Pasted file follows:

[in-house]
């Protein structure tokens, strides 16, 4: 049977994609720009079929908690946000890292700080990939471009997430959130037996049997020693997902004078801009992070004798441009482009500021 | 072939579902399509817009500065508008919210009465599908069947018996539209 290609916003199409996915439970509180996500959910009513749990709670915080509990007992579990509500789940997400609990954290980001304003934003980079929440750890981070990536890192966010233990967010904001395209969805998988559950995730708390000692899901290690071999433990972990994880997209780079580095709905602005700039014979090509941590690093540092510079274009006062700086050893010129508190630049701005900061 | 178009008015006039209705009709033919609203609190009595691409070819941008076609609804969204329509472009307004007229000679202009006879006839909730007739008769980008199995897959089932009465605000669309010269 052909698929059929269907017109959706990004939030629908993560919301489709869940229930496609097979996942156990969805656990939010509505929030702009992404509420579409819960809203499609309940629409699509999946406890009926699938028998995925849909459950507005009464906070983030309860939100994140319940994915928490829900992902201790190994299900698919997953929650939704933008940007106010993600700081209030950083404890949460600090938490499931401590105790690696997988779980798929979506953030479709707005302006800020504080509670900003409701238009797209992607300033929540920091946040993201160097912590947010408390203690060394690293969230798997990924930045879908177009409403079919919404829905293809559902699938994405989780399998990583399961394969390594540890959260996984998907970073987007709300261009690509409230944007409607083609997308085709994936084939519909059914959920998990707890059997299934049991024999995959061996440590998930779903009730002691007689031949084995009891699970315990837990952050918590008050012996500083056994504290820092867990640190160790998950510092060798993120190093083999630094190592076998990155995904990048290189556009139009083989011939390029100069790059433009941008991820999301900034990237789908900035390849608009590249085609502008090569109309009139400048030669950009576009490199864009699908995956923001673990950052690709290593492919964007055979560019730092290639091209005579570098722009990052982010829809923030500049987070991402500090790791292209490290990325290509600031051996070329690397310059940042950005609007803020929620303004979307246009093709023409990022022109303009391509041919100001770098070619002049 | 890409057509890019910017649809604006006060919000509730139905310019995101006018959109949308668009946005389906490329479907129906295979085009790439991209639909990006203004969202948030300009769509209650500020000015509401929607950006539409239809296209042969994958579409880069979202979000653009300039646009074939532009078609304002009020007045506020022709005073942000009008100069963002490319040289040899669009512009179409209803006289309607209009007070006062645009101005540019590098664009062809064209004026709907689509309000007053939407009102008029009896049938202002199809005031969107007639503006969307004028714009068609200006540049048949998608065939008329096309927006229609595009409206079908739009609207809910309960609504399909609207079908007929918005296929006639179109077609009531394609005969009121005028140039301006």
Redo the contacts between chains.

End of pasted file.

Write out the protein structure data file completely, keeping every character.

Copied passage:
[in-house]
């Protein structure tokens, strides 16, 4: 049977994609720009079929908690946000890292700080990939471009997430959130037996049997020693997902004078801009992070004798441009482009500021 | 072939579902399509817009500065508008919210009465599908069947018996539209 290609916003199409996915439970509180996500959910009513749990709670915080509990007992579990509500789940997400609990954290980001304003934003980079929440750890981070990536890192966010233990967010904001395209969805998988559950995730708390000692899901290690071999433990972990994880997209780079580095709905602005700039014979090509941590690093540092510079274009006062700086050893010129508190630049701005900061 | 178009008015006039209705009709033919609203609190009595691409070819941008076609609804969204329509472009307004007229000679202009006879006839909730007739008769980008199995897959089932009465605000669309010269 052909698929059929269907017109959706990004939030629908993560919301489709869940229930496609097979996942156990969805656990939010509505929030702009992404509420579409819960809203499609309940629409699509999946406890009926699938028998995925849909459950507005009464906070983030309860939100994140319940994915928490829900992902201790190994299900698919997953929650939704933008940007106010993600700081209030950083404890949460600090938490499931401590105790690696997988779980798929979506953030479709707005302006800020504080509670900003409701238009797209992607300033929540920091946040993201160097912590947010408390203690060394690293969230798997990924930045879908177009409403079919919404829905293809559902699938994405989780399998990583399961394969390594540890959260996984998907970073987007709300261009690509409230944007409607083609997308085709994936084939519909059914959920998990707890059997299934049991024999995959061996440590998930779903009730002691007689031949084995009891699970315990837990952050918590008050012996500083056994504290820092867990640190160790998950510092060798993120190093083999630094190592076998990155995904990048290189556009139009083989011939390029100069790059433009941008991820999301900034990237789908900035390849608009590249085609502008090569109309009139400048030669950009576009490199864009699908995956923001673990950052690709290593492919964007055979560019730092290639091209005579570098722009990052982010829809923030500049987070991402500090790791292209490290990325290509600031051996070329690397310059940042950005609007803020929620303004979307246009093709023409990022022109303009391509041919100001770098070619002049 | 890409057509890019910017649809604006006060919000509730139905310019995101006018959109949308668009946005389906490329479907129906295979085009790439991209639909990006203004969202948030300009769509209650500020000015509401929607950006539409239809296209042969994958579409880069979202979000653009300039646009074939532009078609304002009020007045506020022709005073942000009008100069963002490319040289040899669009512009179409209803006289309607209009007070006062645009101005540019590098664009062809064209004026709907689509309000007053939407009102008029009896049938202002199809005031969107007639503006969307004028714009068609200006540049048949998608065939008329096309927006229609595009409206079908739009609207809910309960609504399909609207079908007929918005296929006639179109077609009531394609005969009121005028140039301006």
Redo the contacts between chains.